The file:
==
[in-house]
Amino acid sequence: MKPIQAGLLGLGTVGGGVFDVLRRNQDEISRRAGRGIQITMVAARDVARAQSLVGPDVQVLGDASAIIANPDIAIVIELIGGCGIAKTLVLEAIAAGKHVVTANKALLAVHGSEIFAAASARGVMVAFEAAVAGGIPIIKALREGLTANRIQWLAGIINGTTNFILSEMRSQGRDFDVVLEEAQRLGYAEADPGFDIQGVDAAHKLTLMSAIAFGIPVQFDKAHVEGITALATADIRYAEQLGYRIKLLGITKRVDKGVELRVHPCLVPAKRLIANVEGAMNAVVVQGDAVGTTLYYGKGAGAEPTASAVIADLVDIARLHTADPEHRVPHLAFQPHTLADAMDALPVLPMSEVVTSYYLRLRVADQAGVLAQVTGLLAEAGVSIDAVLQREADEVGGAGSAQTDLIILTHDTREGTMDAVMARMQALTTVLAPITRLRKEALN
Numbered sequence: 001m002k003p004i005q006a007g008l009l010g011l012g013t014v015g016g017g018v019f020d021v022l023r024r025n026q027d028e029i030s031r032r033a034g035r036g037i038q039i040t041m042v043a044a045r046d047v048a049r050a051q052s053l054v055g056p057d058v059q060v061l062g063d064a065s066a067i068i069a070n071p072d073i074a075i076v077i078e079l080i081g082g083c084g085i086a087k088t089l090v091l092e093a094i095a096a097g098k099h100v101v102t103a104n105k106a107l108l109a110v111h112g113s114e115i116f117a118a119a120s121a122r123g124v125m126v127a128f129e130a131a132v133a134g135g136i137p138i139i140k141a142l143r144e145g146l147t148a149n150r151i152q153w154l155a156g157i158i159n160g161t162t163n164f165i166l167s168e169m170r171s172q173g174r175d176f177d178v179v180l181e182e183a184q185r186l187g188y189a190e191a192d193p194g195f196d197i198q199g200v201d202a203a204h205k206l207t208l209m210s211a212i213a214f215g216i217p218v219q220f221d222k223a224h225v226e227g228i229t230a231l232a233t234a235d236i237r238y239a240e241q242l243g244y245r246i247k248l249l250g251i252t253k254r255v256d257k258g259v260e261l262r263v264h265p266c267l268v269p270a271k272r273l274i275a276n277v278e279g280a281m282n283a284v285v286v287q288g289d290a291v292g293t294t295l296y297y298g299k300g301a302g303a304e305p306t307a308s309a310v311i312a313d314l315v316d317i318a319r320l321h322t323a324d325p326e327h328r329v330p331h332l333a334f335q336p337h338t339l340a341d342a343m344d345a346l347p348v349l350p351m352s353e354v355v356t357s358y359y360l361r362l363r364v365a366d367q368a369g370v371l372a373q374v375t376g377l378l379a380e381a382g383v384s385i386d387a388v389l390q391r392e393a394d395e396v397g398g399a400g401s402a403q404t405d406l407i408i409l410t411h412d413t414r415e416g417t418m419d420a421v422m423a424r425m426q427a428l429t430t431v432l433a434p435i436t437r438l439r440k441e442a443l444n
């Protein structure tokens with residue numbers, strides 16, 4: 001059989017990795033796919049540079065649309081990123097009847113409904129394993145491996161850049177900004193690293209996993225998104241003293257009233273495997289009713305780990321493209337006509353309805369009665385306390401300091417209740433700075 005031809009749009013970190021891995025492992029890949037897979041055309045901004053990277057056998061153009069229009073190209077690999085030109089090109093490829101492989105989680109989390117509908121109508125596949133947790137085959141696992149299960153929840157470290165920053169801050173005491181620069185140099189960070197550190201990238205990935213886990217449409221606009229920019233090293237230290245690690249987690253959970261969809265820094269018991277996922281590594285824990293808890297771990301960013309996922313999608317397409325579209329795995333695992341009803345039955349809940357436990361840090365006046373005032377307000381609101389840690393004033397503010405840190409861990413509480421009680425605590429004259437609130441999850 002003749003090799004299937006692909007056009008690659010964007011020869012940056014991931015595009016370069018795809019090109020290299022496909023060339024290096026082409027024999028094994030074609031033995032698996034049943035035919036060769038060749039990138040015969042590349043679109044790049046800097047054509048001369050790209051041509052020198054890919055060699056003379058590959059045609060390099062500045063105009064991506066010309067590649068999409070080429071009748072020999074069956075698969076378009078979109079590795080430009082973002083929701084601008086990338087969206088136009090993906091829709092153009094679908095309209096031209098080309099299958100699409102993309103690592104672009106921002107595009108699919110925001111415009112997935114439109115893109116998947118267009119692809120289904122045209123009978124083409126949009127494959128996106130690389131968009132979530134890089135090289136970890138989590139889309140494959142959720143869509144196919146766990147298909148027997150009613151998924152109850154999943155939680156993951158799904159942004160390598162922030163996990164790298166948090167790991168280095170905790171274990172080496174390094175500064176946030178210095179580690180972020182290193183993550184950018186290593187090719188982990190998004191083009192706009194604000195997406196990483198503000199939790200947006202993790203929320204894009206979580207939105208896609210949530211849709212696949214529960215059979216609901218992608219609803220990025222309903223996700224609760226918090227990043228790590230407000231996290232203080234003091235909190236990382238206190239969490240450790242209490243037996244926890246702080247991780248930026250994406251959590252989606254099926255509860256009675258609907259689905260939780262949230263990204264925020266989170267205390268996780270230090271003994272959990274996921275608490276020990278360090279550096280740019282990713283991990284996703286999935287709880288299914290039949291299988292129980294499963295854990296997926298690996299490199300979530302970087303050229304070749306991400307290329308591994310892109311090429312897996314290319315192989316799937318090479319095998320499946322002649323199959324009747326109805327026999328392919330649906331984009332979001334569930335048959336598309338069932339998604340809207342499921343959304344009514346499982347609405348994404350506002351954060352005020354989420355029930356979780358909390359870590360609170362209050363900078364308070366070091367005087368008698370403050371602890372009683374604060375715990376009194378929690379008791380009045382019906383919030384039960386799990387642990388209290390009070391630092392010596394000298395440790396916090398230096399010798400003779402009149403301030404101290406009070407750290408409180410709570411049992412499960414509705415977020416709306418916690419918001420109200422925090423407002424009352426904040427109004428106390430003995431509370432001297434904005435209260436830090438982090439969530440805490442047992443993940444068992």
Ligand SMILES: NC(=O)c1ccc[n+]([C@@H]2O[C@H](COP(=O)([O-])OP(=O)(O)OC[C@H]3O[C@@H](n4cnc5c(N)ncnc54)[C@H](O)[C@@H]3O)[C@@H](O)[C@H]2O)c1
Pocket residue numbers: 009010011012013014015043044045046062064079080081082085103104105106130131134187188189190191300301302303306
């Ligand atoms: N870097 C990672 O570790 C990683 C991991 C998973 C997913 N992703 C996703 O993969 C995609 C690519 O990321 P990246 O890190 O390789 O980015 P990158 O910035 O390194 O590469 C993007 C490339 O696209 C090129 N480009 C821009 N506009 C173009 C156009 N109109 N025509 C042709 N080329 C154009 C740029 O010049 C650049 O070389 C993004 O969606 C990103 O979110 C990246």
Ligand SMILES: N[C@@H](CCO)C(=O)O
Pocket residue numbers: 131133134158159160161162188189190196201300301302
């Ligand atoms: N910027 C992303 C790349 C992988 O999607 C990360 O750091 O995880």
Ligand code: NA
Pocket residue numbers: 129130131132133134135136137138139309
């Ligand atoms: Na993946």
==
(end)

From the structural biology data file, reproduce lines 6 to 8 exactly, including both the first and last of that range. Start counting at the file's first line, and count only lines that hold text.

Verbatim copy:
Pocket residue numbers: 009010011012013014015043044045046062064079080081082085103104105106130131134187188189190191300301302303306
């Ligand atoms: N870097 C990672 O570790 C990683 C991991 C998973 C997913 N992703 C996703 O993969 C995609 C690519 O990321 P990246 O890190 O390789 O980015 P990158 O910035 O390194 O590469 C993007 C490339 O696209 C090129 N480009 C821009 N506009 C173009 C156009 N109109 N025509 C042709 N080329 C154009 C740029 O010049 C650049 O070389 C993004 O969606 C990103 O979110 C990246």
Ligand SMILES: N[C@@H](CCO)C(=O)O